Londonist Behind The Lens: Ronald Hackston

By Lindsey Last edited 173 months ago
Londonist Behind The Lens: Ronald Hackston

A series celebrating the talent of our friends over in the Londonist Flickr pool who make our site look pretty with their fabulous photographs. Here, they introduce themselves and share their favourite London shots.

Fire and Water: sunset reflected in the wet pavement, Royal Festival Hall.

I’ve always been fascinated by the sheer scale, complexity and unknowable nature of London. Although I’ve lived here for the best part of quarter of a century (I originally hail from Gateshead), my inner tourist is still eager to sally forth with an A-Z and a camera to seek out unfamiliar bits of the metropolis, and to revisit old haunts. The city is in constant flux, and walking its streets is like being in some vast archaeological dig. As new buildings spring up, echoes of the past make themselves apparent – ghost signs, bygone enterprises, architectural relics and other oddities. I love the chaotic juxtaposition of old and new, so much more apparent in London than any other city I know.

Tea time: Holborn

Having originally trained as a painter, at an establishment which discouraged the notion of photography as an art form, I nonetheless persevered with the snapping, first with a succession of 35mm compacts and then with an Olympus OM10 SLR. A couple of years ago I finally made the leap to digital, with the purchase of a Fuji Finepix S9500, and soon afterwards discovered the joys of Flickr. I’m not the greatest technical photographer, but I have good idea of the pictures I’d like to make, and through a highly unscientific process, quite often involving a bit of Photoshop, I’ve made some images I’m quite pleased with. The results I arrive at are quite often quite abstract in their composition, but this is generally done in-camera rather than cropping afterwards. However, I don’t see any harm in a bit of computer jiggery pokery to achieve the results I want – ultimately it’s all part of a very subjective and selective image-making process, in much the same way that drawing and painting are.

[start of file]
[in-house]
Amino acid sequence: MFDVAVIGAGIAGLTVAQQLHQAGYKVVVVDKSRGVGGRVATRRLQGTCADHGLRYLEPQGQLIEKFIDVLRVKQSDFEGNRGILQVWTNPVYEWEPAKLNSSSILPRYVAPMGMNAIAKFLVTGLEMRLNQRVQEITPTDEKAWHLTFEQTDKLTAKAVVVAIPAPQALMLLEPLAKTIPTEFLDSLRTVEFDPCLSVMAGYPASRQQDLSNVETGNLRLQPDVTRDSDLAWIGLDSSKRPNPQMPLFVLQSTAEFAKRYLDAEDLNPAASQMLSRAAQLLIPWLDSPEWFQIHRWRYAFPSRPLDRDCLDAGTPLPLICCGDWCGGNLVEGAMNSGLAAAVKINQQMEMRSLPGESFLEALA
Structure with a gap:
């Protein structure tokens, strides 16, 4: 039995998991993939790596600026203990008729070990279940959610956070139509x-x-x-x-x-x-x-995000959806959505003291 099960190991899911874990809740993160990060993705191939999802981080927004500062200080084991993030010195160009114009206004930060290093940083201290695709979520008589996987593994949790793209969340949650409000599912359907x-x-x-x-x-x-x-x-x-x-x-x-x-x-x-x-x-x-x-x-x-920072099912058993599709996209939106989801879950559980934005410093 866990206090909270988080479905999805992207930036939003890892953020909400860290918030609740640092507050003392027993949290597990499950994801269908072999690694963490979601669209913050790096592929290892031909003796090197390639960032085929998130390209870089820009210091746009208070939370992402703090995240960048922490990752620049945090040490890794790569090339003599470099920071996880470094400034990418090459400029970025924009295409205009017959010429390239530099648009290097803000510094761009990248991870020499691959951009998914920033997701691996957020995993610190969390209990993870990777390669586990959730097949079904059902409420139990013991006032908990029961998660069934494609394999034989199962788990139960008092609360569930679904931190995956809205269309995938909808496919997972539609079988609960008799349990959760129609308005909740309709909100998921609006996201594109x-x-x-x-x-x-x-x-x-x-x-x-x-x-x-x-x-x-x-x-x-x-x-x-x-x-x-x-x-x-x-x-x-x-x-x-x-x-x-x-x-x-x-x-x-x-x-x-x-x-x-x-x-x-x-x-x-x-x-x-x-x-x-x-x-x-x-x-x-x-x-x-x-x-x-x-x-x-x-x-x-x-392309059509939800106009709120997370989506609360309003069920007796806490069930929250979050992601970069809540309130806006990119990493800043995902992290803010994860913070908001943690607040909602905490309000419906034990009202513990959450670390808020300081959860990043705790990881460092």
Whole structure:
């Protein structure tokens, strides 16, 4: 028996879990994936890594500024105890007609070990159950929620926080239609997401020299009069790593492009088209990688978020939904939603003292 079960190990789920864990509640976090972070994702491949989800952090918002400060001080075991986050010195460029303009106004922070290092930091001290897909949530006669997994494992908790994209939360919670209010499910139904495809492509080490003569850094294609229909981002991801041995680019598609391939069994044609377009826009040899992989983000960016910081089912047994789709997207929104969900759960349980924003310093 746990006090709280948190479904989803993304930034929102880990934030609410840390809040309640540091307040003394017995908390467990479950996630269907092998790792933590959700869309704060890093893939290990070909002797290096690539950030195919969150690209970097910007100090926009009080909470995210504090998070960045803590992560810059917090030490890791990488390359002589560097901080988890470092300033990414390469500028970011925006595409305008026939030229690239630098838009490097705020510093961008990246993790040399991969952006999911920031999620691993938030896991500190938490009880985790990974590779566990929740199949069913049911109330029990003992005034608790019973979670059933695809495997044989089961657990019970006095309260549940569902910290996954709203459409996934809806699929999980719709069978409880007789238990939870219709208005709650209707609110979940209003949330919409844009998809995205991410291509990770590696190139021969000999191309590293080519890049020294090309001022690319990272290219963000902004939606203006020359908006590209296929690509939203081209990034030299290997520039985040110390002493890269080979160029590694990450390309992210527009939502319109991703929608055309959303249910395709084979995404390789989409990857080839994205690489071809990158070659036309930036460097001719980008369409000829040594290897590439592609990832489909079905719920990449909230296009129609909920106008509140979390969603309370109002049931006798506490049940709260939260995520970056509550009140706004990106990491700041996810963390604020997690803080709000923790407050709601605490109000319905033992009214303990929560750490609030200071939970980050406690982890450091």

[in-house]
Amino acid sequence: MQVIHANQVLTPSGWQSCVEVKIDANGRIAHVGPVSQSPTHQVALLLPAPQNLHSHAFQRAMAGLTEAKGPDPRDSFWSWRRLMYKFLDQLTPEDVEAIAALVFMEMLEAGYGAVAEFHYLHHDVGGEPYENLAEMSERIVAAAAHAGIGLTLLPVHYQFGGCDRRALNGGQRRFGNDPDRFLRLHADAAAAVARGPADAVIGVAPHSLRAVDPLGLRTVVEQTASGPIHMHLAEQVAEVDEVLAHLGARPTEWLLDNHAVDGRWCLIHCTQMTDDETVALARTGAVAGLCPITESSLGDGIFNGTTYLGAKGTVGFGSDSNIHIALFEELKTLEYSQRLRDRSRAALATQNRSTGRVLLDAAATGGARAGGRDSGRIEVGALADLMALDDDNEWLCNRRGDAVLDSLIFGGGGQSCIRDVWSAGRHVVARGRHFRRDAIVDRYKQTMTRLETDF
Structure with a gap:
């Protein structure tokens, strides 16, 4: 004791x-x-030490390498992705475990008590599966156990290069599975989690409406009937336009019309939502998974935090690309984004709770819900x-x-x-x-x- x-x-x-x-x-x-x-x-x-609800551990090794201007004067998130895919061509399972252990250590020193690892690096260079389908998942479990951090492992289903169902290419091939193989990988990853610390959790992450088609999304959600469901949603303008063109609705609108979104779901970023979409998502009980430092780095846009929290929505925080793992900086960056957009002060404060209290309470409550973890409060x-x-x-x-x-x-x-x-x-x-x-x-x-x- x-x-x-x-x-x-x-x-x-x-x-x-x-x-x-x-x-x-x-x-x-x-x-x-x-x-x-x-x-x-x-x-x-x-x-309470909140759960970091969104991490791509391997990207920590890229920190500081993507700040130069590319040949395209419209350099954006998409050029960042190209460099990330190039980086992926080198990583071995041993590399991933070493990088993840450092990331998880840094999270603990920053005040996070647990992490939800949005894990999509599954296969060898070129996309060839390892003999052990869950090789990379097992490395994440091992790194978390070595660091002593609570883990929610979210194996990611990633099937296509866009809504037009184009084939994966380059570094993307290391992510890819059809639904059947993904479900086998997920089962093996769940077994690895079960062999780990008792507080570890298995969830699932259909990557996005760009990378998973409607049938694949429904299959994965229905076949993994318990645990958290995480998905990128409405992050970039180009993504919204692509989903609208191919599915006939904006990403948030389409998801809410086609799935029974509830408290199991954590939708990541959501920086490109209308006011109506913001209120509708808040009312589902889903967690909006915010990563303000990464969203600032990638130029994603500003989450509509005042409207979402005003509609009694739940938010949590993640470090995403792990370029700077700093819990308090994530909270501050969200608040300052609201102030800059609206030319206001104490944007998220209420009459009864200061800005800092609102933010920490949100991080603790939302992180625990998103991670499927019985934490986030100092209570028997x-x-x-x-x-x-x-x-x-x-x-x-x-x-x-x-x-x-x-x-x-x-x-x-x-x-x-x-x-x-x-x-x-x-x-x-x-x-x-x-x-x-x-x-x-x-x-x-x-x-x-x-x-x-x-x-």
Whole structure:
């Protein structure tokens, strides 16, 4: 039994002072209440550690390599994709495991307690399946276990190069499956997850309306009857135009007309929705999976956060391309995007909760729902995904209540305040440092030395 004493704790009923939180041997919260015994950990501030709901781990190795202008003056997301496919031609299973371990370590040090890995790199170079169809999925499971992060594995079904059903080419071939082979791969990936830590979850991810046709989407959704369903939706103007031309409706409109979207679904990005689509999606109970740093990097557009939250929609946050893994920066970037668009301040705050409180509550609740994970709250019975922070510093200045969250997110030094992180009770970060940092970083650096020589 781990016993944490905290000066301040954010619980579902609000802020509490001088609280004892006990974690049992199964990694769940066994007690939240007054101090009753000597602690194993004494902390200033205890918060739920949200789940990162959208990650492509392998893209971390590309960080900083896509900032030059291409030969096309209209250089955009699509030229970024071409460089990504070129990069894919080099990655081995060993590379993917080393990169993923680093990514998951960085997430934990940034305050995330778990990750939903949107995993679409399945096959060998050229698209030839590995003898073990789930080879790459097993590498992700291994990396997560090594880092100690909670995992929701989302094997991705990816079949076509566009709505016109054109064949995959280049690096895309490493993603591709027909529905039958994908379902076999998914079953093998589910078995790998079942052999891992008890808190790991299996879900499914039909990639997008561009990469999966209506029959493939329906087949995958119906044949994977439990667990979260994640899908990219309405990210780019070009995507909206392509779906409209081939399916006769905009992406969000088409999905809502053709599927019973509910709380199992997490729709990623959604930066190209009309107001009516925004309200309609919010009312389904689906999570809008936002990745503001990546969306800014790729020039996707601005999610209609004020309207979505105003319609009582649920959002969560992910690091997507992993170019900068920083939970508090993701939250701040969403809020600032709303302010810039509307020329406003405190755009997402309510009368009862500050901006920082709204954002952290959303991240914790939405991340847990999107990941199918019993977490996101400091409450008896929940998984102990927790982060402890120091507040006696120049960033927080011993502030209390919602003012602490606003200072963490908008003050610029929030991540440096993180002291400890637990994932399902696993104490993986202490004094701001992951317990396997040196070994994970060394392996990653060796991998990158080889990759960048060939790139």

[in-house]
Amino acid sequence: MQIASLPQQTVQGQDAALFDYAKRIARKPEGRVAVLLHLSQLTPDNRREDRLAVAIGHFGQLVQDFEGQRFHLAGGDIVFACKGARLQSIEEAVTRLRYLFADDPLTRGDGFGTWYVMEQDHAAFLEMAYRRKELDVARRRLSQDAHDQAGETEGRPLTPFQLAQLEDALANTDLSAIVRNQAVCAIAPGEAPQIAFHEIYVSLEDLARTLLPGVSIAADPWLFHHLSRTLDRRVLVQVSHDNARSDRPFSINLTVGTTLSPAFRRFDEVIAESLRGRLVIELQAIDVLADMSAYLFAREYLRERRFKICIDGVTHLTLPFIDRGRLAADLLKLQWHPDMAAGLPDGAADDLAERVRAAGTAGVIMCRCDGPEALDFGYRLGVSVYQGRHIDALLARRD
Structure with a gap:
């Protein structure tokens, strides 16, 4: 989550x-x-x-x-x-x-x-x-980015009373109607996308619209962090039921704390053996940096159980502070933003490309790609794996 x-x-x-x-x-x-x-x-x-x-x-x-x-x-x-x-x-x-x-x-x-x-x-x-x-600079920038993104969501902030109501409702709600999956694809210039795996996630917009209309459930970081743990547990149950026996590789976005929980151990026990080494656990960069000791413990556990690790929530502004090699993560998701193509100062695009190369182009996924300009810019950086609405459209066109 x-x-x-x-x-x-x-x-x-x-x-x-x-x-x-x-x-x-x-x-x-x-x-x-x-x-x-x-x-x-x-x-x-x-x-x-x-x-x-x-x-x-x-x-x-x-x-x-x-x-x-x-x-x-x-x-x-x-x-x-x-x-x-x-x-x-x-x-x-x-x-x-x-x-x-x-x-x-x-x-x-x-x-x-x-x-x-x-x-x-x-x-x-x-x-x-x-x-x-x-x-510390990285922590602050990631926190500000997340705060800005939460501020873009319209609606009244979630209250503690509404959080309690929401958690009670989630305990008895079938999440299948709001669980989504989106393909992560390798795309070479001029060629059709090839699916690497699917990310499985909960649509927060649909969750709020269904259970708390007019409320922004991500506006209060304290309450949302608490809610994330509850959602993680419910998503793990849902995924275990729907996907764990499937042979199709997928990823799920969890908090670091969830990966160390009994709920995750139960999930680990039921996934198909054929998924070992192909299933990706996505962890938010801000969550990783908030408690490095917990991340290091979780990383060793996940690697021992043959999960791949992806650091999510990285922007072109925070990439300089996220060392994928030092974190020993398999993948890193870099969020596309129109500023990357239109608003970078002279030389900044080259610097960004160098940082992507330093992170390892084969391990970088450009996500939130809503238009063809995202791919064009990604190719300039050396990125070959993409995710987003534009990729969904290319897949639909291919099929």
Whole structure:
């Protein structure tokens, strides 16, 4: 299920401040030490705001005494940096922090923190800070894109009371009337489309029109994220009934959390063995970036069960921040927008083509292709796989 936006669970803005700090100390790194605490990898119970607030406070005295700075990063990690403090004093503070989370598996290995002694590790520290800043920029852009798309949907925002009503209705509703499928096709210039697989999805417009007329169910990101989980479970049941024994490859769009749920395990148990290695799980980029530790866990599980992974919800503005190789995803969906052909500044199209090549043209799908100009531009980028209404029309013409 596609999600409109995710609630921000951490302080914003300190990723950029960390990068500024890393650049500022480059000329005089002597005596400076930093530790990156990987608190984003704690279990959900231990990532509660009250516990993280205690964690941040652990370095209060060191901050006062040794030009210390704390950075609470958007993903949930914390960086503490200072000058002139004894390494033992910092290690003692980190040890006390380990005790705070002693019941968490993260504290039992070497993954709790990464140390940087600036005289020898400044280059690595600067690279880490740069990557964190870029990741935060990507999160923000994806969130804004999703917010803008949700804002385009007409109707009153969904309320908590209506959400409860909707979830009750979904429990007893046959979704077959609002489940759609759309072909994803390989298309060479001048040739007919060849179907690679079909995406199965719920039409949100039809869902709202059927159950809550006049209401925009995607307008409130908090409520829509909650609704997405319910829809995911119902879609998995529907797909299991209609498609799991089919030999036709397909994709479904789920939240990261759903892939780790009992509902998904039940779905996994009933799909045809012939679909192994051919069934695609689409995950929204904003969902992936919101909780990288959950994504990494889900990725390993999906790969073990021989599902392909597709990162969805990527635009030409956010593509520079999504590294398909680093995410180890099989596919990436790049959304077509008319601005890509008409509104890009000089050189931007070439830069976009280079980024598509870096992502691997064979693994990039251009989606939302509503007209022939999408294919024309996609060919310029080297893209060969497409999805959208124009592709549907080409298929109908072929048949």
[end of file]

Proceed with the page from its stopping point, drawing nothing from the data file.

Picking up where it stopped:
Freedom for Tooting: King Edward VII Statue, Tooting Broadway.

I carry my camera with me whenever I can, (and when I don’t have it there’s always the camera phone), because in this city there’s always the chance of something amazing and unexpected around the next corner. Going on photo – jaunts (or indeed on photo – ambles) is a great way to familiarise oneself with the hidden recesses of London. Many of these odd details are to be found in one of my favourite Flickr groups, guesswherelondon. I can heartily recommend this as an enjoyable (if highly addictive) way of satisfying a pedantic urge to mentally catalogue our city’s nooks and crannies, from Wood Green to Croydon. There’s a still a lot of London out there that I haven’t seen yet, and as I don’t much fancy being a cab driver, I think I’ll stick with photography.

See more of Ronald's London images in this set.

If you're a Flickrist don't forget to join our group and tag your quirky London photos "Londonist".

Last Updated 27 September 2008